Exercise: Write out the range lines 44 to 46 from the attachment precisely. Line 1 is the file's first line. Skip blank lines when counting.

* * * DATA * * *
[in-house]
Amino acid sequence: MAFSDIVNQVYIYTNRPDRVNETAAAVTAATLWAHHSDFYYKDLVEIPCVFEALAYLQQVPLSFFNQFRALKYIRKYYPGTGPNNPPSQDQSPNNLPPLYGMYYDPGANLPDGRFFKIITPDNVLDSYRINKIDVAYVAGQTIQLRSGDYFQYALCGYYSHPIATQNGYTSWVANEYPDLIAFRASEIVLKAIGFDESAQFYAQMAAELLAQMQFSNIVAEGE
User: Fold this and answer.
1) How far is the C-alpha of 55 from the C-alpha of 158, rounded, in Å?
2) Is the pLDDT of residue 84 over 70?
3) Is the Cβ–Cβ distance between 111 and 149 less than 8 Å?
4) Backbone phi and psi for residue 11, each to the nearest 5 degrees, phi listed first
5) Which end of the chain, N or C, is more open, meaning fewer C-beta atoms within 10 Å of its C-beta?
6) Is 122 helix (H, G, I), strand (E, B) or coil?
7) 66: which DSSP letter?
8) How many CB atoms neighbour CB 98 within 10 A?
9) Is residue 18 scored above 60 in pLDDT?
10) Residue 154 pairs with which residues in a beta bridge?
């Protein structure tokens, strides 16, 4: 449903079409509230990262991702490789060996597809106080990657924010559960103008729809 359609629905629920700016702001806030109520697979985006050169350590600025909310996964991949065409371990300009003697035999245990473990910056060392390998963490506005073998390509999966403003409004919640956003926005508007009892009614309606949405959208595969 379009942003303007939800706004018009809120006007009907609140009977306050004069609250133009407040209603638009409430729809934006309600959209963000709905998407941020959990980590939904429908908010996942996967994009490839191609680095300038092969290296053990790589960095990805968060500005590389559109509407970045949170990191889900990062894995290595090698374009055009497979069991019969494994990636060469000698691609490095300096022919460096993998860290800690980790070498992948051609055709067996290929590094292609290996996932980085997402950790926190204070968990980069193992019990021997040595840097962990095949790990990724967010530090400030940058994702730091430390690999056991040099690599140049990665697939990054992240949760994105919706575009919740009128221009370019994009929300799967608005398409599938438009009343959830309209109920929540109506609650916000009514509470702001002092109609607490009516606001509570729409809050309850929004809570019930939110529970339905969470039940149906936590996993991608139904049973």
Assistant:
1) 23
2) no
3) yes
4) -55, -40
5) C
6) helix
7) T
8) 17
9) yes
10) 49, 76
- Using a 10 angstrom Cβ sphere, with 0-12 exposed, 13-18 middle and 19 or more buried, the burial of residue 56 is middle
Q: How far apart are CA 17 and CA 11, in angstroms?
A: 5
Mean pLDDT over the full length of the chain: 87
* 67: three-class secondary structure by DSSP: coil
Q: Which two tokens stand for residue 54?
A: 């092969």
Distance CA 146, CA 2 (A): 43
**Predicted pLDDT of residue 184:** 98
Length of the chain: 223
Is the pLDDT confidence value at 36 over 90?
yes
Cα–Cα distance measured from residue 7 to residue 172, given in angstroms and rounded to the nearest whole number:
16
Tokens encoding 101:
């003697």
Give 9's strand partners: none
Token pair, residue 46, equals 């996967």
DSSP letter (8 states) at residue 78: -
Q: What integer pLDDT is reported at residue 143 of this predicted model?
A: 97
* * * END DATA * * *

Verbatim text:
DSSP letter (8 states) at residue 78: -
Q: What integer pLDDT is reported at residue 143 of this predicted model?
A: 97